”I feel proud of being a small part of it and happy to be part of it,” says Rune Rydén.
Rydén has been involved with the UArctic since the first ideas to create a cooperation between circumpolar higher education institutions in the late 1990’s. The Scandinavian Seminar Group, which has offices in the US and Sweden, helped play a role in the creation of UArctic which was launched in 2001. Rydén attended the launch on June 12, 2001 in Rovaniemi Finland as a representative of the group. The Swedish native says he remembers the launch as a special day.
“I had some idea that this was a historical moment, and that something new and interesting would come out of it,” he says.
According to Rydén, UArctic has a special role in the Circumpolar North. He says the organization can help provide education in subjects specific to the North such as flora, fauna and reindeer herding. He also says the North has a very specific environment from the rest of the world, especially with climate change. For him, UArctic could help showcase this issue. Additionally, the Circumpolar North will have an important economic role in the future. In order for residents to benefit they need education, and that’s where UArctic fits in, says Rydén who is a member of Ofelas (UArctic’s Executive Committee and Senior Management Group), Chair of the External Relations Committee, and a member of UArctic’s Board of Governors.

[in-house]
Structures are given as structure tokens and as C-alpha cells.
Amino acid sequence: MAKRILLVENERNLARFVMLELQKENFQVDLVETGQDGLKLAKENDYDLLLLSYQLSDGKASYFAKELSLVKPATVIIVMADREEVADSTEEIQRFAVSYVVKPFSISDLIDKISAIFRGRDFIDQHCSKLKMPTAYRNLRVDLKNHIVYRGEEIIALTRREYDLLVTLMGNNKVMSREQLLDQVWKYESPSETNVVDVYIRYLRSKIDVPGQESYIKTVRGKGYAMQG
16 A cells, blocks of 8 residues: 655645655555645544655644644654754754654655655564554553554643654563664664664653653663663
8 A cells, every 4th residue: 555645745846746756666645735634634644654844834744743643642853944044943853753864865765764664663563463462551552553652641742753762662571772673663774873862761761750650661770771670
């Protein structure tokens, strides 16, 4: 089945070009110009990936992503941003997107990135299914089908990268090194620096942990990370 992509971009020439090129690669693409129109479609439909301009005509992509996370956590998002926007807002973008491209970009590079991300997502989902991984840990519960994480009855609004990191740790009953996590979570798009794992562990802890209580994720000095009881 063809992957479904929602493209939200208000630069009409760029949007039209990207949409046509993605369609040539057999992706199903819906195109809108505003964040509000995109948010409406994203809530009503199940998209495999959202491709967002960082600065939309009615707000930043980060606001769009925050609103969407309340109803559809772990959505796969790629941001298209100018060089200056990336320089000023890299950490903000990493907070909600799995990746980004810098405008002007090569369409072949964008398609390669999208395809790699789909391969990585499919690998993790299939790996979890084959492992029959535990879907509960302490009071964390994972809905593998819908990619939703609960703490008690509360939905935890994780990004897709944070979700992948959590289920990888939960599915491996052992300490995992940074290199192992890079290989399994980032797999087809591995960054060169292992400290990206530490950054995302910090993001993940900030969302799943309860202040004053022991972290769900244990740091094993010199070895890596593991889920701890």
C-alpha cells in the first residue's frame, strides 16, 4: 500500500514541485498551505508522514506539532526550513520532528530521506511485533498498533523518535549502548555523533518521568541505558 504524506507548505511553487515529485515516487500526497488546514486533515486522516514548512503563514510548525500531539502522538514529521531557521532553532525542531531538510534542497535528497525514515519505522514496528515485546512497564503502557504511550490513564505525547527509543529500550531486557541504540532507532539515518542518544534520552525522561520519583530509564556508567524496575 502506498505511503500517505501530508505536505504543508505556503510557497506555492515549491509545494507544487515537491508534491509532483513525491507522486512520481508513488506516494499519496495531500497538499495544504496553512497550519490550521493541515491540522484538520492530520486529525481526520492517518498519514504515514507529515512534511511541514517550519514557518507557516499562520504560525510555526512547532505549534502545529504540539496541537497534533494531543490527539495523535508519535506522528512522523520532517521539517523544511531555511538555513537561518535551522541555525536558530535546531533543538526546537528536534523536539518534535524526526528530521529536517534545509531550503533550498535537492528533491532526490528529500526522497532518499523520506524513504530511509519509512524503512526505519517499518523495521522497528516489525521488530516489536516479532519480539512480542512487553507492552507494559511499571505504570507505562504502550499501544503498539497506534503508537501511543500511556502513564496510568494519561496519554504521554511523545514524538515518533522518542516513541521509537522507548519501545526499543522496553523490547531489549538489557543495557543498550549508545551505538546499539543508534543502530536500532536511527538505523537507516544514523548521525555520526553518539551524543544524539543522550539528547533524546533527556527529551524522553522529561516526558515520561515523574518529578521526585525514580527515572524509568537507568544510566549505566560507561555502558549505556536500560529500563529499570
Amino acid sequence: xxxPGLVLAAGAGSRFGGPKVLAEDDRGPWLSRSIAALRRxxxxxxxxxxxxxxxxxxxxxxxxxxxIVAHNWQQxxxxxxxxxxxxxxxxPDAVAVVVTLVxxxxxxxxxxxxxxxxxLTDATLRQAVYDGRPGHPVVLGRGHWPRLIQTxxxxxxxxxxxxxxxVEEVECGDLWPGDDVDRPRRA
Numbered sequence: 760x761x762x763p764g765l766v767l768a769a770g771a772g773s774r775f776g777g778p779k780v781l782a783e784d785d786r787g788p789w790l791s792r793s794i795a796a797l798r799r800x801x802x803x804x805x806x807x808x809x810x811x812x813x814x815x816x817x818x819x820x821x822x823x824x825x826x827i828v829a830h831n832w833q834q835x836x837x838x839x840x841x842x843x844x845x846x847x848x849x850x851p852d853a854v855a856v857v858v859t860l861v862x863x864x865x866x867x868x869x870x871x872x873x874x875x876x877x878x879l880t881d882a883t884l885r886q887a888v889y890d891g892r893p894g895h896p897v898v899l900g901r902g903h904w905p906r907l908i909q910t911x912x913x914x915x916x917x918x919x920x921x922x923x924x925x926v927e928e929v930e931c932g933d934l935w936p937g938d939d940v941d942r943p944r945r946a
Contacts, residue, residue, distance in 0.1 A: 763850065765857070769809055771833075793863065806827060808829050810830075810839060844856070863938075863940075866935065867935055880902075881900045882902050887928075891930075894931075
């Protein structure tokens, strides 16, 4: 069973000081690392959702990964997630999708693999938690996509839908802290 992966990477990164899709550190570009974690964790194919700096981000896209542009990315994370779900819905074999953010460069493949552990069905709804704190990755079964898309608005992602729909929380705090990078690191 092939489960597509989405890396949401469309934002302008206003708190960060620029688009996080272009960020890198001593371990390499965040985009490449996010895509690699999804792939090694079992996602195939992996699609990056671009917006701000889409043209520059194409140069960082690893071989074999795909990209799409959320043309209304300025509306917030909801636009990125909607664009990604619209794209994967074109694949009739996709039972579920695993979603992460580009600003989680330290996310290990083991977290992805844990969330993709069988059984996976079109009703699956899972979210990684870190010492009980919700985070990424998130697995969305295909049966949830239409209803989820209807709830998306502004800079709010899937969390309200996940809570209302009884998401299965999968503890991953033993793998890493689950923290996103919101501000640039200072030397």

“People here know more about the region than people south of here,” he says.
Rydén says UArctic has faced some bumps in the road these past five years. He says, UArctic’s first year was a time to workout all the kinks. However, during the council meeting in Yakutsk Russia the next year, he noticed that the organization was working more smoothly.
“I think it has been more or less on track since that date,” he says.
Rydén says he is pleased that UArctic is helping to create exchanges between northern and southern higher education institutions. He says UArctic’s newest program, GoNorth, is a step in the direction. Rydén brought forward the idea to create such a program during previous Council of UArctic meetings.
As for UArctic’s future, Rydén believes that UArctic will continue to move on the same positive direction. However, he would like to see UArctic to get more involved in the science community. He also says funding is an issue that needs a permanent solution. He would also like to see more Swedish members in UArctic, but he says a structure problem in the country has prevented more involvement.
“I would like to see a greater involvement on the Swedish side and I’m working hard to do that,” says Rydén.
However, regardless of the areas UArctic needs to improve on, Rydén says he has enjoyed being part of the organization for almost a decade. He describes his time with UArctic as a great challenge and experience.
“I have so many positive memories and experiences it’s hard to pick one,” he says.
He also believes that others involved in UArctic feel the same way.
“I think we have founded a ‘family’,” he says.